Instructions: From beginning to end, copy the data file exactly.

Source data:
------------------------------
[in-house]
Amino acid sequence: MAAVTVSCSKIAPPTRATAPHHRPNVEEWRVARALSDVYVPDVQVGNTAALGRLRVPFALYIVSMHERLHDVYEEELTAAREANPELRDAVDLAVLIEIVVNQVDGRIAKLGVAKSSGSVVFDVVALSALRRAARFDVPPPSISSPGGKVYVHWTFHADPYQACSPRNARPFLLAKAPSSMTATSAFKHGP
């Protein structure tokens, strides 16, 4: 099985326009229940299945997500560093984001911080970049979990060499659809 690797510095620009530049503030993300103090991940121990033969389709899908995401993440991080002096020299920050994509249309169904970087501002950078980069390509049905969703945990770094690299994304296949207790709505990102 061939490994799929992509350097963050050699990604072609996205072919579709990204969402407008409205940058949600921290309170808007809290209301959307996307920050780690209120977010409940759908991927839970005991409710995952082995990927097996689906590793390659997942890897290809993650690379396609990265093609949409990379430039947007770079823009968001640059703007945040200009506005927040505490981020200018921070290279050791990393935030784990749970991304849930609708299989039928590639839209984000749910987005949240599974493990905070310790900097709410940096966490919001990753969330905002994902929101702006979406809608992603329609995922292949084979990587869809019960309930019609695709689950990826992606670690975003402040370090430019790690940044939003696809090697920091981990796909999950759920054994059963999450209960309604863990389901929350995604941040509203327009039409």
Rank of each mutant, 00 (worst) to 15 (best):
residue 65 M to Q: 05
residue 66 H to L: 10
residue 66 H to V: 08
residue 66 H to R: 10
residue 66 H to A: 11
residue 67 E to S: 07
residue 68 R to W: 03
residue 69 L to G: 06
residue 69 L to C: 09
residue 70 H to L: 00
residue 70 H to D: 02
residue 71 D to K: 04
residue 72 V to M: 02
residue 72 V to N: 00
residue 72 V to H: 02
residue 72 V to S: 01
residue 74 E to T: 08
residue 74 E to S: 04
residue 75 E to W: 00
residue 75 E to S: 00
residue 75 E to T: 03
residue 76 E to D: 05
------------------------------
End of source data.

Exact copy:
[in-house]
Amino acid sequence: MAAVTVSCSKIAPPTRATAPHHRPNVEEWRVARALSDVYVPDVQVGNTAALGRLRVPFALYIVSMHERLHDVYEEELTAAREANPELRDAVDLAVLIEIVVNQVDGRIAKLGVAKSSGSVVFDVVALSALRRAARFDVPPPSISSPGGKVYVHWTFHADPYQACSPRNARPFLLAKAPSSMTATSAFKHGP
């Protein structure tokens, strides 16, 4: 099985326009229940299945997500560093984001911080970049979990060499659809 690797510095620009530049503030993300103090991940121990033969389709899908995401993440991080002096020299920050994509249309169904970087501002950078980069390509049905969703945990770094690299994304296949207790709505990102 061939490994799929992509350097963050050699990604072609996205072919579709990204969402407008409205940058949600921290309170808007809290209301959307996307920050780690209120977010409940759908991927839970005991409710995952082995990927097996689906590793390659997942890897290809993650690379396609990265093609949409990379430039947007770079823009968001640059703007945040200009506005927040505490981020200018921070290279050791990393935030784990749970991304849930609708299989039928590639839209984000749910987005949240599974493990905070310790900097709410940096966490919001990753969330905002994902929101702006979406809608992603329609995922292949084979990587869809019960309930019609695709689950990826992606670690975003402040370090430019790690940044939003696809090697920091981990796909999950759920054994059963999450209960309604863990389901929350995604941040509203327009039409």
Rank of each mutant, 00 (worst) to 15 (best):
residue 65 M to Q: 05
residue 66 H to L: 10
residue 66 H to V: 08
residue 66 H to R: 10
residue 66 H to A: 11
residue 67 E to S: 07
residue 68 R to W: 03
residue 69 L to G: 06
residue 69 L to C: 09
residue 70 H to L: 00
residue 70 H to D: 02
residue 71 D to K: 04
residue 72 V to M: 02
residue 72 V to N: 00
residue 72 V to H: 02
residue 72 V to S: 01
residue 74 E to T: 08
residue 74 E to S: 04
residue 75 E to W: 00
residue 75 E to S: 00
residue 75 E to T: 03
residue 76 E to D: 05